One of the greatest religious movements of the 19th century began in the bedroom of two young girls living in a farmhouse in Hydesville, New York. On a late March day in 1848, Margaretta “Maggie” Fox, 14, and Kate, her 11-year-old sister, waylaid a neighbor, eager to share an odd and frightening phenomenon. Every night around bedtime, they said, they heard a series of raps on the walls and furniture—raps that seemed to manifest with a peculiar, otherworldly intelligence. The neighbor, skeptical, came to see for herself, joining the girls in the small chamber they shared with their parents. While Maggie and Kate huddled together on their bed, their mother, Margaret, began the demonstration.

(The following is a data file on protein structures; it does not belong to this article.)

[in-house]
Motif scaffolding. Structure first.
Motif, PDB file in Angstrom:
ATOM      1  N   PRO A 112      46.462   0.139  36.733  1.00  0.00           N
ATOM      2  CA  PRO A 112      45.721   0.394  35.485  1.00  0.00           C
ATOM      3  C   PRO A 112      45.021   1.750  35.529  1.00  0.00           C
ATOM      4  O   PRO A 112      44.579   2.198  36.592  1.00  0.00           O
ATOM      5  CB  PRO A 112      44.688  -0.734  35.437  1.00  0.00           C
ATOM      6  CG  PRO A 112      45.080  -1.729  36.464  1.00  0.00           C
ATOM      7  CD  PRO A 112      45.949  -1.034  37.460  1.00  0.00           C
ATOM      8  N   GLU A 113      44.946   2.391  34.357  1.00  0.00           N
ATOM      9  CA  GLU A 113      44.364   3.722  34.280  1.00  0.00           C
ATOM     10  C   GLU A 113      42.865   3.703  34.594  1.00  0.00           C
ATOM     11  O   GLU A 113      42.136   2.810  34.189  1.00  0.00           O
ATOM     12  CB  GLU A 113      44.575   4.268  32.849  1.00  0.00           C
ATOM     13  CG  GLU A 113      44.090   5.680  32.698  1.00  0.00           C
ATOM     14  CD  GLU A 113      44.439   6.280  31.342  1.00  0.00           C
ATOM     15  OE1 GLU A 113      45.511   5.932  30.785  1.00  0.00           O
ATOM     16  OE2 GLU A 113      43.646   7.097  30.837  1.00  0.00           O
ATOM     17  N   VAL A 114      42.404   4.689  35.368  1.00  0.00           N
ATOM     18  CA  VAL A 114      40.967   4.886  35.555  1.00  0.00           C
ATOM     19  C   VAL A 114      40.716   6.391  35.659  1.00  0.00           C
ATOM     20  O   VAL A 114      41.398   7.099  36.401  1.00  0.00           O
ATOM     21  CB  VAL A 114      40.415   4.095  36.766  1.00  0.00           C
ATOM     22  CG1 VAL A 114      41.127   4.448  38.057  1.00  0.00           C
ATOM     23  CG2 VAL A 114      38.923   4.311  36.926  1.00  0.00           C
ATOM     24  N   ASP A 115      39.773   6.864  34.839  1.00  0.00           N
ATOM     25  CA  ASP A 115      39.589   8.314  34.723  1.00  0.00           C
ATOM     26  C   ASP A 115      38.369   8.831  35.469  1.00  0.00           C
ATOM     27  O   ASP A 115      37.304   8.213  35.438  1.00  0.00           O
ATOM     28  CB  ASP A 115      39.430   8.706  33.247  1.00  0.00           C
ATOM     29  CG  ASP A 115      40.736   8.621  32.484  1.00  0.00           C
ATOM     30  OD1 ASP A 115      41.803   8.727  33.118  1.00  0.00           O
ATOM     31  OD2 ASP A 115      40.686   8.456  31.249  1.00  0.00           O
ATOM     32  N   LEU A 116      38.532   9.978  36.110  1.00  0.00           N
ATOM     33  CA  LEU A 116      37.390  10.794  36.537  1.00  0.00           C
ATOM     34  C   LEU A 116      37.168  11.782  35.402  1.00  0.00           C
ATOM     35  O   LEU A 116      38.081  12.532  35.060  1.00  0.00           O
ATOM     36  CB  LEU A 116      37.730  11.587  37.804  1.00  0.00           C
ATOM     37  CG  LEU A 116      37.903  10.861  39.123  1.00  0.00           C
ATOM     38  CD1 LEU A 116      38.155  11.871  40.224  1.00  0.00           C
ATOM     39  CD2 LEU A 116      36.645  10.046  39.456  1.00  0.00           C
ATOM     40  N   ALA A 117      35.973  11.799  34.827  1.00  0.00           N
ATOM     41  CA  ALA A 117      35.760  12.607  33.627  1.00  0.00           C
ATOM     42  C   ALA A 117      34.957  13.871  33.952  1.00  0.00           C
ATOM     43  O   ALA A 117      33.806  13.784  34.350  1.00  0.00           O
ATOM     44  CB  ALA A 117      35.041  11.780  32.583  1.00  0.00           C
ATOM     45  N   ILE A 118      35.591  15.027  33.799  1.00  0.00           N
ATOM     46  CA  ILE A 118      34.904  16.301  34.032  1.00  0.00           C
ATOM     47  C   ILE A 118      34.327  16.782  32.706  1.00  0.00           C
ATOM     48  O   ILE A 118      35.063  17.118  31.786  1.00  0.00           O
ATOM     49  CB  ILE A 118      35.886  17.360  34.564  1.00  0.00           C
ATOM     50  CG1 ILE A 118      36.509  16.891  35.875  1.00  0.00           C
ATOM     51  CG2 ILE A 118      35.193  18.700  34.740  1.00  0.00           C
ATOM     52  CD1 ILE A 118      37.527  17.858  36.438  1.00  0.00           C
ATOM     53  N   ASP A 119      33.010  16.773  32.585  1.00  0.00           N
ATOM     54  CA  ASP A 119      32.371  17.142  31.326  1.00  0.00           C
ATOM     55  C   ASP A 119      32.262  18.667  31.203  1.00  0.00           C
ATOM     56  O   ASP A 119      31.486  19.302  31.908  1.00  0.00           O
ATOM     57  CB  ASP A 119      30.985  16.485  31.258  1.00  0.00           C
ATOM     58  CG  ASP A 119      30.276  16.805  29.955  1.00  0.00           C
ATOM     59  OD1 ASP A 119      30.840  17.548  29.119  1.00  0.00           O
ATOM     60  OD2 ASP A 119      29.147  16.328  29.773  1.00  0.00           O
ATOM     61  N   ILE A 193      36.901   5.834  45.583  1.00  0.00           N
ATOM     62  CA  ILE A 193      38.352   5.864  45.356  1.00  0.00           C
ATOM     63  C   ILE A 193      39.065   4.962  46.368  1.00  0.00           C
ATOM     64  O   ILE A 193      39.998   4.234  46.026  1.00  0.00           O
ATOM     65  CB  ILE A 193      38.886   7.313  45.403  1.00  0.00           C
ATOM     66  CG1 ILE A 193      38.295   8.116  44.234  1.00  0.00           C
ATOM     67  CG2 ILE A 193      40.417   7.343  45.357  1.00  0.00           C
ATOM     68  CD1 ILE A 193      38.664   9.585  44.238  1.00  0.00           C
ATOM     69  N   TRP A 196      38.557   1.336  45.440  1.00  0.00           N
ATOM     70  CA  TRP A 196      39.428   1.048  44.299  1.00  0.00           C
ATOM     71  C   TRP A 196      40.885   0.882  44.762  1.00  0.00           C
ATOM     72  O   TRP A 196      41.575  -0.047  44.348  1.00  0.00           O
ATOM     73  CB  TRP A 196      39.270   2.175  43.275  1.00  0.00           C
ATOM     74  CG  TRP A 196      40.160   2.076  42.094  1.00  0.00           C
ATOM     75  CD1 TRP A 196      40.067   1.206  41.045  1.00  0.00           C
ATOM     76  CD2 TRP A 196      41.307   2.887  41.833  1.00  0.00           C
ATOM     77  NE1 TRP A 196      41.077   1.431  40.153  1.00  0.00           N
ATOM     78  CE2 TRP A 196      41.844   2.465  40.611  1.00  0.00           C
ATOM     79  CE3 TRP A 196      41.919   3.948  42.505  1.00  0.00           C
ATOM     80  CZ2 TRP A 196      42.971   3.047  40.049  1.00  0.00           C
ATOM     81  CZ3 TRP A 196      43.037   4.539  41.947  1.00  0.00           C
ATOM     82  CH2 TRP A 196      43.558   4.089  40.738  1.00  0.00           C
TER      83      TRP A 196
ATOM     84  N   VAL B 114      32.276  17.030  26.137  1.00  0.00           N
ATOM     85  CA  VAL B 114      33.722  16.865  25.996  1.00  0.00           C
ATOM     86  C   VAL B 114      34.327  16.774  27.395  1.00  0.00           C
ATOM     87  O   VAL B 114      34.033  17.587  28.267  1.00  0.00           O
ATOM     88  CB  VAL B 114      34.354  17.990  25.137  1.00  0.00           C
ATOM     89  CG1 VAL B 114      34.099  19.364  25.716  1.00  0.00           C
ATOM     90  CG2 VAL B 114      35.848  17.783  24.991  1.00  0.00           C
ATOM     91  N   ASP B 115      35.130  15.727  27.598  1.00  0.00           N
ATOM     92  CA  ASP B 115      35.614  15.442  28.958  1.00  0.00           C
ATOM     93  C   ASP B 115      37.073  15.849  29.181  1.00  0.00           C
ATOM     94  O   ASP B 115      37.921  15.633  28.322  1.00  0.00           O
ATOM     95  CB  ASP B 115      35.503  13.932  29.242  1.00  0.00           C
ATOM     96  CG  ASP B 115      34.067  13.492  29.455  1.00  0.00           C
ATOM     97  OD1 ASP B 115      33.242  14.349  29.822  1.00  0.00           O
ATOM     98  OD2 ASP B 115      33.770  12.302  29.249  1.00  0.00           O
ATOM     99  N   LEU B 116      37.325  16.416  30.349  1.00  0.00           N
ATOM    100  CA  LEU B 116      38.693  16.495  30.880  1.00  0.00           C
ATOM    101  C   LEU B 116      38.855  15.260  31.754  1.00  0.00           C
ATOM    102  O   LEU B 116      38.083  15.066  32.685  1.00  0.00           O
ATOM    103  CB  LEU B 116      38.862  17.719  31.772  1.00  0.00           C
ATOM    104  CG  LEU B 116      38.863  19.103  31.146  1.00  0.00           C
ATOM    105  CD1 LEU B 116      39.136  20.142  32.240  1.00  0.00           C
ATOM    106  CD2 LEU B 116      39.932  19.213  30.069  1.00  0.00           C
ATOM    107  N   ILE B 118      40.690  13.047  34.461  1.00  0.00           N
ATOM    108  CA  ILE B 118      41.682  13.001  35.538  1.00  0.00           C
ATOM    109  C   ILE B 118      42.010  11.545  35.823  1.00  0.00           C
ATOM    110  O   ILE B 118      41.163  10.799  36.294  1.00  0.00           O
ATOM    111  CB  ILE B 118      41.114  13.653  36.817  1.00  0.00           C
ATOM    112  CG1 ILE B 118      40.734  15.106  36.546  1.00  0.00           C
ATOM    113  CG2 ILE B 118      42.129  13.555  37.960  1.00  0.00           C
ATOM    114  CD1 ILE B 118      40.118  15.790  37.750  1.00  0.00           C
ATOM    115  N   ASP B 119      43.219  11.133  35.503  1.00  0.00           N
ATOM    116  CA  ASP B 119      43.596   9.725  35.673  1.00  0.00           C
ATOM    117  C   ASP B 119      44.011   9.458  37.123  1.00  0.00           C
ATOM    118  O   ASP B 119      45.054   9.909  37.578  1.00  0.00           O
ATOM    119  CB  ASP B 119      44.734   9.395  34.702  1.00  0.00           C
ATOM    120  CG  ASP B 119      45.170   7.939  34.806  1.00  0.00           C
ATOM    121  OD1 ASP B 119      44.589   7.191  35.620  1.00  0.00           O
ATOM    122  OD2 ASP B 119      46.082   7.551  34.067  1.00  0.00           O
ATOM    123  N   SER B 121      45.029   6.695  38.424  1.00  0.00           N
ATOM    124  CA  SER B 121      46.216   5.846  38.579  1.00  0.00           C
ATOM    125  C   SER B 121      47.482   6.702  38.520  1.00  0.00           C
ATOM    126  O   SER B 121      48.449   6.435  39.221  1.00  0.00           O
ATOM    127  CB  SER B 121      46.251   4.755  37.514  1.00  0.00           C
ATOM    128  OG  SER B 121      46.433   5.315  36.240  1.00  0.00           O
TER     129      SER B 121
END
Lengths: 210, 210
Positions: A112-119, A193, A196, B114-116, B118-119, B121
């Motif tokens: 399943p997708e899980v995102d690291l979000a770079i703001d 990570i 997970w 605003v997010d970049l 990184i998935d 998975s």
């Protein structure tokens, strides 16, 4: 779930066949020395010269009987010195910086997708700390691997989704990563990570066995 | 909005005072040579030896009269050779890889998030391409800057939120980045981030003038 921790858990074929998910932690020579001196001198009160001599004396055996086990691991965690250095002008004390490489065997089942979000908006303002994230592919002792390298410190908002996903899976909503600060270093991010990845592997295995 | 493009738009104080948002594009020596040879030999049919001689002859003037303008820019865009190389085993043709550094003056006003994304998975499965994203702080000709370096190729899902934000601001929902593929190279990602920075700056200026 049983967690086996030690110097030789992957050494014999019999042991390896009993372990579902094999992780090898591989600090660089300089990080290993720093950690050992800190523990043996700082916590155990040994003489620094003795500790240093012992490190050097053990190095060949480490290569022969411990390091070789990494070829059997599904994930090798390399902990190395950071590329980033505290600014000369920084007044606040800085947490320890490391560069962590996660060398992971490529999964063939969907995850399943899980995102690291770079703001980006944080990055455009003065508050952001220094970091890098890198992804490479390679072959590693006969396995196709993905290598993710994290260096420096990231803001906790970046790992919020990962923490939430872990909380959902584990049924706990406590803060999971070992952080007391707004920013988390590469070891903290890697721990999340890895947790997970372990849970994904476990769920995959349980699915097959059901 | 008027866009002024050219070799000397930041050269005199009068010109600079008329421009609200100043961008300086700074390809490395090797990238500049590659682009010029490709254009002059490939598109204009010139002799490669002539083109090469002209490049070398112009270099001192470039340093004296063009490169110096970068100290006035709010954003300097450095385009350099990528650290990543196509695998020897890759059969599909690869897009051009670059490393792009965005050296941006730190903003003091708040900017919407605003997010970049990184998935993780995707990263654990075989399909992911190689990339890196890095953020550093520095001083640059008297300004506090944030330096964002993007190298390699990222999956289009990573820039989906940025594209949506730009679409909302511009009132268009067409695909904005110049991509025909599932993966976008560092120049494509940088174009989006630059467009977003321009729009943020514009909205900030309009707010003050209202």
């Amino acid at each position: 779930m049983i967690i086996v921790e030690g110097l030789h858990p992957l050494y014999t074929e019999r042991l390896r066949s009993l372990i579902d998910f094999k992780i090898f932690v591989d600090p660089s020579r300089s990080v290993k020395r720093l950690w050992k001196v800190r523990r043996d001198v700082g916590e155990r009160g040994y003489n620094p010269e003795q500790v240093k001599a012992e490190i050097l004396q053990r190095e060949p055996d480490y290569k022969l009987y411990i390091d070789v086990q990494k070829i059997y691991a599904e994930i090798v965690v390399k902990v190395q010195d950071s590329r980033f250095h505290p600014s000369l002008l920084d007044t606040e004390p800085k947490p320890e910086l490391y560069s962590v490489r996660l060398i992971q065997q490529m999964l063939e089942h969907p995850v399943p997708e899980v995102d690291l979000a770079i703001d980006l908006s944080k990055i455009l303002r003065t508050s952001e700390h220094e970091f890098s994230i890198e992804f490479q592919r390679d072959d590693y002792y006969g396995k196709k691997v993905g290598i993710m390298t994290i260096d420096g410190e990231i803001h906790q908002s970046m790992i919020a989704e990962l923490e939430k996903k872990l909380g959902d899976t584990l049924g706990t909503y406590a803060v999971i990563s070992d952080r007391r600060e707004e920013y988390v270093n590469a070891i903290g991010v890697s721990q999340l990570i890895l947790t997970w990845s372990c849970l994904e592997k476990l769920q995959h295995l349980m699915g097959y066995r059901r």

“Now count five,” she ordered, and the room shook with the sound of five heavy thuds.
“Count fifteen,” she commanded, and the mysterious presence obeyed. Next, she asked it to tell the neighbor’s age; thirty-three distinct raps followed.
“If you are an injured spirit,” she continued, “manifest it by three raps.”
And it did.